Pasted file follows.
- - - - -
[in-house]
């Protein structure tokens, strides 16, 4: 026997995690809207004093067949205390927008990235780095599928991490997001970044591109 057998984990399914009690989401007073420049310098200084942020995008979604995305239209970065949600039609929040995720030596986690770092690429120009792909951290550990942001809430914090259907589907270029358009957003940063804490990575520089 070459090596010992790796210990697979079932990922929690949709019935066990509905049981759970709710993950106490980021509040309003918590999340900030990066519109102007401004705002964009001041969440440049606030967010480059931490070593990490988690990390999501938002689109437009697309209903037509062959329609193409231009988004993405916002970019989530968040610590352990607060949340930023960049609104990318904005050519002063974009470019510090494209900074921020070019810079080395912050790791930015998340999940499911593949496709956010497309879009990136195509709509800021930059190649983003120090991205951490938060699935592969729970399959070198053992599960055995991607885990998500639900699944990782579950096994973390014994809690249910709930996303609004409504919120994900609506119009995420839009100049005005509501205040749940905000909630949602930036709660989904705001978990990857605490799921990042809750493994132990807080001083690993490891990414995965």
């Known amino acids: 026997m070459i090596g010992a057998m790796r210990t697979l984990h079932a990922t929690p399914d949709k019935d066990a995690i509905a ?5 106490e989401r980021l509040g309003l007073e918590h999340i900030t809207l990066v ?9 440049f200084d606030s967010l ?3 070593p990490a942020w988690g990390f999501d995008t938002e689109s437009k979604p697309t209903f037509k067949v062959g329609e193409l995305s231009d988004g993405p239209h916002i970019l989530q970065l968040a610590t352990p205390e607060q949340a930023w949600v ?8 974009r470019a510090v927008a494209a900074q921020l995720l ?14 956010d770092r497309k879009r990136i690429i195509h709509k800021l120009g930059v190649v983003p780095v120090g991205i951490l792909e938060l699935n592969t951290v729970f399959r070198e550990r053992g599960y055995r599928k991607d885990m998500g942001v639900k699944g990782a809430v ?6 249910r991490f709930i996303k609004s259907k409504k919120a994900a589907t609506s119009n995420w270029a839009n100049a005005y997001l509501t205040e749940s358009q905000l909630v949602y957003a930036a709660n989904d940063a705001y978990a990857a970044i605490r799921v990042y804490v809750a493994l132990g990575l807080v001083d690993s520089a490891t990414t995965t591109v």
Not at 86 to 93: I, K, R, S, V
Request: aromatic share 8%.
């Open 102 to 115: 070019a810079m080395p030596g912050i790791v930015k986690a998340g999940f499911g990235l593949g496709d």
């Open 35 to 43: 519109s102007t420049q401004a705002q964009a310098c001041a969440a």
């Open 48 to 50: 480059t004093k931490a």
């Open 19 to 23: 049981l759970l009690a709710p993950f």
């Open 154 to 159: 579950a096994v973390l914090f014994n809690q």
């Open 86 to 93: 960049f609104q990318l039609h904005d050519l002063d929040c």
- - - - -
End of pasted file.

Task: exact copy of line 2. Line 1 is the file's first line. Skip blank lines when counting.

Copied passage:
């Protein structure tokens, strides 16, 4: 026997995690809207004093067949205390927008990235780095599928991490997001970044591109 057998984990399914009690989401007073420049310098200084942020995008979604995305239209970065949600039609929040995720030596986690770092690429120009792909951290550990942001809430914090259907589907270029358009957003940063804490990575520089 070459090596010992790796210990697979079932990922929690949709019935066990509905049981759970709710993950106490980021509040309003918590999340900030990066519109102007401004705002964009001041969440440049606030967010480059931490070593990490988690990390999501938002689109437009697309209903037509062959329609193409231009988004993405916002970019989530968040610590352990607060949340930023960049609104990318904005050519002063974009470019510090494209900074921020070019810079080395912050790791930015998340999940499911593949496709956010497309879009990136195509709509800021930059190649983003120090991205951490938060699935592969729970399959070198053992599960055995991607885990998500639900699944990782579950096994973390014994809690249910709930996303609004409504919120994900609506119009995420839009100049005005509501205040749940905000909630949602930036709660989904705001978990990857605490799921990042809750493994132990807080001083690993490891990414995965």